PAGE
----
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National Code of Practice

Australia is a safe and resilient country. However, there is a real risk of dangerous chemicals being used for a terrorist attack on our own soil.

We can reduce this risk by ensuring that good security measures are in place across the chemical supply chain - from importers and manufacturers right through to retailers - as well as in places where chemicals are used, such as in laboratories or on farms.

The Australian Government, together with state and territory governments, businesses and industry sectors, has developed a National Code of Practice for Chemicals of Security Concern. The code provides guidance to sectors who work with one or more of the 11 high-risk chemicals that could be used to make homemade bombs.

For a list of these chemicals, visit the Common uses page. Ammonium nitrate is not included in the group of 11 high-risk chemicals as it is already regulated by laws in each state and territory.

The code is based on good business practices that prevent the loss and theft of chemicals. It encourages organisations to consider and examine their own risks from a national security perspective and to take steps to reduce risks to ensure that chemicals are not stolen or diverted for terrorist purposes.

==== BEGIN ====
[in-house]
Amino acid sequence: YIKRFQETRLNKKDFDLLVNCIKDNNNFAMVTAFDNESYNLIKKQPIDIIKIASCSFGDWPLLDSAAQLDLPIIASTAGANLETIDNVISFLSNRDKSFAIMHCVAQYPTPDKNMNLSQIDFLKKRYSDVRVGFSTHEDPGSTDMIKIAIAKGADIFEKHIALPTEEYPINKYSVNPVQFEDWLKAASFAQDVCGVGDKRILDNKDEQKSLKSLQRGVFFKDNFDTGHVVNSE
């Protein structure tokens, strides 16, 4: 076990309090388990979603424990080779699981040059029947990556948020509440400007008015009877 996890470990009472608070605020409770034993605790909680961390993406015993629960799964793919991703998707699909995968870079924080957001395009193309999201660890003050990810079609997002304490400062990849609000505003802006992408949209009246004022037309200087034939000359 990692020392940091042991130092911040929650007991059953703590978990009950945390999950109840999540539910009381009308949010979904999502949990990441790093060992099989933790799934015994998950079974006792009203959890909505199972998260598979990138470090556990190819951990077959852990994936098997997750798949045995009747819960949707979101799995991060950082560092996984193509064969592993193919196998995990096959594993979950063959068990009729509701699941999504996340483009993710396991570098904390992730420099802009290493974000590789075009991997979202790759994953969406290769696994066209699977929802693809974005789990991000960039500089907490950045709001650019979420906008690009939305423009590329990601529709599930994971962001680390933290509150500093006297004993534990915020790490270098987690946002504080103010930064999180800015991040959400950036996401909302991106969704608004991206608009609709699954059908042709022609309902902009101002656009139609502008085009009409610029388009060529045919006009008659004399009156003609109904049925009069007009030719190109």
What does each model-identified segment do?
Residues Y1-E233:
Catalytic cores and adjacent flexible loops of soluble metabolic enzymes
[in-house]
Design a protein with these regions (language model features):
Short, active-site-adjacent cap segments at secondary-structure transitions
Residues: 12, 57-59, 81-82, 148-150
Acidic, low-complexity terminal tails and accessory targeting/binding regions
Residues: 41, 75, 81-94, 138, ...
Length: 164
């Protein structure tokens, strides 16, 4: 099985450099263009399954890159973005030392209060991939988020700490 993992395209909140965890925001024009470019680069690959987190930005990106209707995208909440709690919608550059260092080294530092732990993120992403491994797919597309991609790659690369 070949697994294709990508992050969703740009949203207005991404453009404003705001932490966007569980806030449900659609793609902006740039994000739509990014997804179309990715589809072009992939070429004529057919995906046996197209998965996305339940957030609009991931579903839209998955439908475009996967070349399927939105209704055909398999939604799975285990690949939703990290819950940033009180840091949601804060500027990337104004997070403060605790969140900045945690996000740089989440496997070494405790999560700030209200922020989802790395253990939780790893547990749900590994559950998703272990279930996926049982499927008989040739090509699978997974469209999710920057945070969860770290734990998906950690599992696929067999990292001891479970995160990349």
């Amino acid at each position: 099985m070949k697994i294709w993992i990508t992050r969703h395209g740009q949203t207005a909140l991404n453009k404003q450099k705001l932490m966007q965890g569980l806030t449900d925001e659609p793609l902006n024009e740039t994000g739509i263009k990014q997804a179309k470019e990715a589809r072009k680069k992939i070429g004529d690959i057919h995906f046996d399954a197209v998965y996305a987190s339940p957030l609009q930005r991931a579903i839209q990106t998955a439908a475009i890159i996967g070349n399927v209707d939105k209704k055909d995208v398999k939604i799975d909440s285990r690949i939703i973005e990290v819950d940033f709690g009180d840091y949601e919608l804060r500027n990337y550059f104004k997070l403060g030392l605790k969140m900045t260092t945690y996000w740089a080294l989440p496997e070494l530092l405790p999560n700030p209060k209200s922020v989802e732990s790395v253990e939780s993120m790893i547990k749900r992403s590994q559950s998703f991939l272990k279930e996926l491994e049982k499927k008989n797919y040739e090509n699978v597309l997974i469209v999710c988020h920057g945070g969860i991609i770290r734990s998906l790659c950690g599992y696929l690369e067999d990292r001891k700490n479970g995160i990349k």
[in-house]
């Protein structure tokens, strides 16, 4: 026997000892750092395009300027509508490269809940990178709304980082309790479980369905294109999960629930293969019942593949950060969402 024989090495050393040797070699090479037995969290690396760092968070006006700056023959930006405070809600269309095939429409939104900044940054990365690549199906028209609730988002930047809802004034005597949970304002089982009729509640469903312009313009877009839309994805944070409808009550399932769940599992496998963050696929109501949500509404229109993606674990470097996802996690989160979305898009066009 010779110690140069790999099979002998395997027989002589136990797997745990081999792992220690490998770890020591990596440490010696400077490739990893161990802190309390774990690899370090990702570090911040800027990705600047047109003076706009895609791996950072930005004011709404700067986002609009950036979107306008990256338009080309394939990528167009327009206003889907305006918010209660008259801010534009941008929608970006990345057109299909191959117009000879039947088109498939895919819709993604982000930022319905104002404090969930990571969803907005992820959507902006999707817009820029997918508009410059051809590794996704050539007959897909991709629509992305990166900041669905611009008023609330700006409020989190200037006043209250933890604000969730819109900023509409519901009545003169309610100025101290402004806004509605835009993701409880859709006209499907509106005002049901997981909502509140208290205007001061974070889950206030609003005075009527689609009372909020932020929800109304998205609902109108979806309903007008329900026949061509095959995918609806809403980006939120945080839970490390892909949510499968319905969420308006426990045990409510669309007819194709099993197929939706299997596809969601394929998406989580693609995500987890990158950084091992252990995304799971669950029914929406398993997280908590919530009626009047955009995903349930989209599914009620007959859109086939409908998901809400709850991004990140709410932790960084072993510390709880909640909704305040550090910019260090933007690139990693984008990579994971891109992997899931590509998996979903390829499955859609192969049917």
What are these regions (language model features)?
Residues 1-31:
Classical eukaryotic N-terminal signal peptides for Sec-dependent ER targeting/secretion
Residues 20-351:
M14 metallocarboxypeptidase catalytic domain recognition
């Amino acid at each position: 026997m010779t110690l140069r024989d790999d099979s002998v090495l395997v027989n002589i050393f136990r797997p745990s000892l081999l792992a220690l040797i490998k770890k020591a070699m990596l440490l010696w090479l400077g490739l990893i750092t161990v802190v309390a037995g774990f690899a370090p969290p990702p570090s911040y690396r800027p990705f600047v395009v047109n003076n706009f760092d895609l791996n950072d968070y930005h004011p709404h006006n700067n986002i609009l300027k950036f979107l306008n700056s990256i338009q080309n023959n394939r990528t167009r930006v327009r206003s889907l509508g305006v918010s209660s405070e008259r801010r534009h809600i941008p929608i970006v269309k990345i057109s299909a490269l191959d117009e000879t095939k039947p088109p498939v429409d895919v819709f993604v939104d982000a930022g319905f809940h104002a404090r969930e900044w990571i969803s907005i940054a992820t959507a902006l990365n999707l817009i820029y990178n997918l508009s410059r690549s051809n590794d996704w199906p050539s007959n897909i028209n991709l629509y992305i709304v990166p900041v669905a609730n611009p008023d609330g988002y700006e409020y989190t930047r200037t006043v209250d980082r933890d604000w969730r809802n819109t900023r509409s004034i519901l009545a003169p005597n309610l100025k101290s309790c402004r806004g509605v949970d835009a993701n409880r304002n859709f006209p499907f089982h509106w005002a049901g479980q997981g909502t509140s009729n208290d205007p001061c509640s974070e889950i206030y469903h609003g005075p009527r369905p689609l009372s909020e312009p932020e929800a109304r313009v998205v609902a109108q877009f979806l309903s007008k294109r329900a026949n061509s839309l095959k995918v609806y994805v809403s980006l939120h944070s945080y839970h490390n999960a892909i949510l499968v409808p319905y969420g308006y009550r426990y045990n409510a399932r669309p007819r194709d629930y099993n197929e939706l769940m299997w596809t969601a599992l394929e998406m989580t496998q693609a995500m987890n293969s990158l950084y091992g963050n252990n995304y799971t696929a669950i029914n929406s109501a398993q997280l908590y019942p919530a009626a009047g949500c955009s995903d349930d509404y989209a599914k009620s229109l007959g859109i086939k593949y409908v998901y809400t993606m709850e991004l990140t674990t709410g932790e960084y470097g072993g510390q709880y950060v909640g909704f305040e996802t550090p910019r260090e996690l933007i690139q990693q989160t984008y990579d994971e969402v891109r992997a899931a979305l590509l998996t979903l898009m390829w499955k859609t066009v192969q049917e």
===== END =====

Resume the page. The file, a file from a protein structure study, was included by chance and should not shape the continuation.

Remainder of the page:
In December 2012, the government released the draft code for consultation, and the consultation period ended on 1 March 2013. We received a number of submissions in response to the draft, and you can find them on the Public submissions page. Feedback from the consultation process shaped the final version of the code.

A Privacy Impact Assessment (PIA) was undertaken to address privacy issues arising from the draft code. The National Government Advisory Group (NGAG) on chemicals of security concern considered the recommendations of the PIA and decided to amend the draft code to address some of the issues raised. You can download a copy of the PIA and the NGAG response to the PIA below.

Although the code is designed with the 11 high-risk chemicals in mind it may be extended in the future. We encourage you to be vigilant about the security of any dangerous chemicals you have. You can download a copy of the code, fact sheets and other documents below.